The Internet of Things (IoT)—the connected network of Internet-enabled physical devices that collect and exchange information with each other—is rapidly growing in both acceptance and applicability across a number of industries.
This trend shows no signs of slowing down. Studies predict that by 2020, the IoT will include nearly 50 billion devices worldwide with 212 billion sensors producing 44 zetabytes of data. These devices, the “things” in the IoT, include everything from smartphones and automobiles to valves and pumps in industrial plants.
The growing momentum of IoT adoption is mainly driven by the reduction in cost of connectivity and computation. According to market studies, over the past 10 years, the cost of sensors has been cut in half, the cost of bandwidth has dropped by a factor of 40, and the cost of processing has decreased by a factor of 60. Although further efforts are required to lower the cost of sensors, the number of new IoT use cases has grown and a greater number of technology companies are developing IoT-specific services and technologies ranging from sensors and chip sets to platforms and software systems. The main barriers to IoT adoption by industries—network security and scalability—have also been addressed, with reliable and highly secure communication systems and analytics....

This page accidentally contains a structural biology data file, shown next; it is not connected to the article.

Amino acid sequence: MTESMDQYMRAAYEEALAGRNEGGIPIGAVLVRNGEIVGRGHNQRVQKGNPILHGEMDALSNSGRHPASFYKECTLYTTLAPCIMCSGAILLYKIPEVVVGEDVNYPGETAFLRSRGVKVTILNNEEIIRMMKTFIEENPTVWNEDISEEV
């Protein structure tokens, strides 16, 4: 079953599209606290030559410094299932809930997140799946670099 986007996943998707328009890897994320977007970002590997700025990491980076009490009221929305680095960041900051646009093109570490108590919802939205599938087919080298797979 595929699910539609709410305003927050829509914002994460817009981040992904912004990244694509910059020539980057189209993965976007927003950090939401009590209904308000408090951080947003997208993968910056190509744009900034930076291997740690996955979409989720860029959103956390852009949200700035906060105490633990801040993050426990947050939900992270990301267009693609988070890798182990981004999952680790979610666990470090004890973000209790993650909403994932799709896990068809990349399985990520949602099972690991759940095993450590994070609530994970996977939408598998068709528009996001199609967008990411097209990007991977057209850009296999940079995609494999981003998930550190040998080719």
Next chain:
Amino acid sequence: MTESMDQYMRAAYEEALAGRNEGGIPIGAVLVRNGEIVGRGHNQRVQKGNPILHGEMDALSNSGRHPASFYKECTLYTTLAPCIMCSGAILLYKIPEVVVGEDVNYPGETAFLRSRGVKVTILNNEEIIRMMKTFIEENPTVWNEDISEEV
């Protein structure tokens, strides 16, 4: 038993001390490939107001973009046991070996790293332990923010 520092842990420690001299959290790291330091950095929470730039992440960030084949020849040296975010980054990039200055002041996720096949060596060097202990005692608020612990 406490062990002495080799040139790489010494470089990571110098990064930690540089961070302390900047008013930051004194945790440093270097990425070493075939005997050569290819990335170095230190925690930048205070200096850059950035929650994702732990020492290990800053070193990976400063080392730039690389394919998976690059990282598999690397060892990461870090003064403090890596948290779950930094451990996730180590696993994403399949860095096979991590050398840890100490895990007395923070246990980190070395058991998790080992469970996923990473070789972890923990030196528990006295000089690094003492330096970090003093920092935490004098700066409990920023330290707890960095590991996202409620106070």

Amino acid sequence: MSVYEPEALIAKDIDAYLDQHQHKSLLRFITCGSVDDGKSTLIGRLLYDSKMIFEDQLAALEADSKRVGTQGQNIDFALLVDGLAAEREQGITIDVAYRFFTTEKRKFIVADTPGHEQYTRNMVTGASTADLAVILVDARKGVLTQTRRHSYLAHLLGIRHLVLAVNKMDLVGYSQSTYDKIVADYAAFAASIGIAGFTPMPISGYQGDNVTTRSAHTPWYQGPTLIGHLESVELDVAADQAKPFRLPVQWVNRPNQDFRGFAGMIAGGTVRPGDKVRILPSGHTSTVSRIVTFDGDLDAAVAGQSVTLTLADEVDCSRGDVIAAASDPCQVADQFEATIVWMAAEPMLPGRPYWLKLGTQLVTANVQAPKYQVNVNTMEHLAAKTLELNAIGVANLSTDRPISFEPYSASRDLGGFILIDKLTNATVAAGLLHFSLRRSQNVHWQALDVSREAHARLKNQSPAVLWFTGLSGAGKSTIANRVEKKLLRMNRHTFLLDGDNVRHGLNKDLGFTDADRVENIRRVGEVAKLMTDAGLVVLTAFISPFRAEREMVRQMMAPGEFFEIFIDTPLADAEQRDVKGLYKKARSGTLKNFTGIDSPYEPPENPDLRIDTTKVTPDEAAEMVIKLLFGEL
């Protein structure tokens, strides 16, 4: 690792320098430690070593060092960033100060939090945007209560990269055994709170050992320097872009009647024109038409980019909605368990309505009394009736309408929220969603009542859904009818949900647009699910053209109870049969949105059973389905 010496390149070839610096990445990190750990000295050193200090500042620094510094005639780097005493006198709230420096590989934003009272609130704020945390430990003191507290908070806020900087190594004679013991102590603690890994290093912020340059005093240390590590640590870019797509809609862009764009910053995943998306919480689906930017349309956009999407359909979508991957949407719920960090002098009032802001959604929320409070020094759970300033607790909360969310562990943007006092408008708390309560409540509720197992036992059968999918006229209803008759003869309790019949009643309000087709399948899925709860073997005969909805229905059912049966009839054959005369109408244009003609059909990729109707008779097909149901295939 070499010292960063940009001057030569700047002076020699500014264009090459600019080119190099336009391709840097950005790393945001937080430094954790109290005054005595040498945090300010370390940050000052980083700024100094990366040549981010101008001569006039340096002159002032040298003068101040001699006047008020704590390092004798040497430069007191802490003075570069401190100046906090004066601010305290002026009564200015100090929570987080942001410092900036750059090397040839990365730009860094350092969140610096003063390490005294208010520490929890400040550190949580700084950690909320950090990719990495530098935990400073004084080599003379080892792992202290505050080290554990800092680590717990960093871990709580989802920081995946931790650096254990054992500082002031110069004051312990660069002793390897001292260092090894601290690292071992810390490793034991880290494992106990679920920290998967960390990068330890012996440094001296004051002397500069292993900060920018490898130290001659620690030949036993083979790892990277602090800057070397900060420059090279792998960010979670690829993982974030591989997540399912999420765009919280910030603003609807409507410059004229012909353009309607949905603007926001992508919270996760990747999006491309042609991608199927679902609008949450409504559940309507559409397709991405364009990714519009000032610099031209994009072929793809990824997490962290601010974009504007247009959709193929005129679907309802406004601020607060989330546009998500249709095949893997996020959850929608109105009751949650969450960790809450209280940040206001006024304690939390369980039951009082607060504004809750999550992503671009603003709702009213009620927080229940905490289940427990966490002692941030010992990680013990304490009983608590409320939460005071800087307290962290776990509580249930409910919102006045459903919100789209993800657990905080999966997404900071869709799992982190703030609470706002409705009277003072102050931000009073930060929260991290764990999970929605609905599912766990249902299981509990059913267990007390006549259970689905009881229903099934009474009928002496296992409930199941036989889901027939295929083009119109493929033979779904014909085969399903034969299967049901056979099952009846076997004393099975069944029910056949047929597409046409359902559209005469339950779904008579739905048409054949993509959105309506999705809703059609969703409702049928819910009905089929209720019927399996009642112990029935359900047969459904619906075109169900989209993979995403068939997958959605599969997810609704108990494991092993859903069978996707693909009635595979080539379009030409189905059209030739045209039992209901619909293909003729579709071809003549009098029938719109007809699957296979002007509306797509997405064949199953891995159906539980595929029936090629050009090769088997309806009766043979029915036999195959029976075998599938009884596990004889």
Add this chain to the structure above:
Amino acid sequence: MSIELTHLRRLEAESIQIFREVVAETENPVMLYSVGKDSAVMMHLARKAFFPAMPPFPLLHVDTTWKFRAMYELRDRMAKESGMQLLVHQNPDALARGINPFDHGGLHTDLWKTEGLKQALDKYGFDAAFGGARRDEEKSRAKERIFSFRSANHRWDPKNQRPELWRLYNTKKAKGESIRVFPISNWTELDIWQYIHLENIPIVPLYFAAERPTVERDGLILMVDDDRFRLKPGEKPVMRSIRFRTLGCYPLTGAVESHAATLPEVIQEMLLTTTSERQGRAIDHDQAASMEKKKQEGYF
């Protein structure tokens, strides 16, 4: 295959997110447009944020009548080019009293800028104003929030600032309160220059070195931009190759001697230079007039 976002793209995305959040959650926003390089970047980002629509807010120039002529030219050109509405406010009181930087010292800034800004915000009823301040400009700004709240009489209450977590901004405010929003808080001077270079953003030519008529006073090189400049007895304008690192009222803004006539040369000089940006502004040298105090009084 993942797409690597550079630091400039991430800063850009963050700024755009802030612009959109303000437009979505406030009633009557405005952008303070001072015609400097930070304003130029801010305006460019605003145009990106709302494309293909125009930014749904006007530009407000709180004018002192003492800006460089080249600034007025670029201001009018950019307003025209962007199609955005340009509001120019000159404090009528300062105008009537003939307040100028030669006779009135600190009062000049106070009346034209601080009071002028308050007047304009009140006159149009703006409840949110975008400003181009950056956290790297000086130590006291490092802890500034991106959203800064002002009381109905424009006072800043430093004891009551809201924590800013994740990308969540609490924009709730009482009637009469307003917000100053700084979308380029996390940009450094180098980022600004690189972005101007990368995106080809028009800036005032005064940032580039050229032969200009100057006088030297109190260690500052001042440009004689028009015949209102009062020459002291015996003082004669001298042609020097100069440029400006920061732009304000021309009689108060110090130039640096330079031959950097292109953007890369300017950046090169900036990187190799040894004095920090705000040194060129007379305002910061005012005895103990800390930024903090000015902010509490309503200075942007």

Ushering in a New Era of Oilfield Innovation With the Internet of Things
Mehrzad Mahdavi, Vice President Digital Solutions, Weatherford
01 July 2017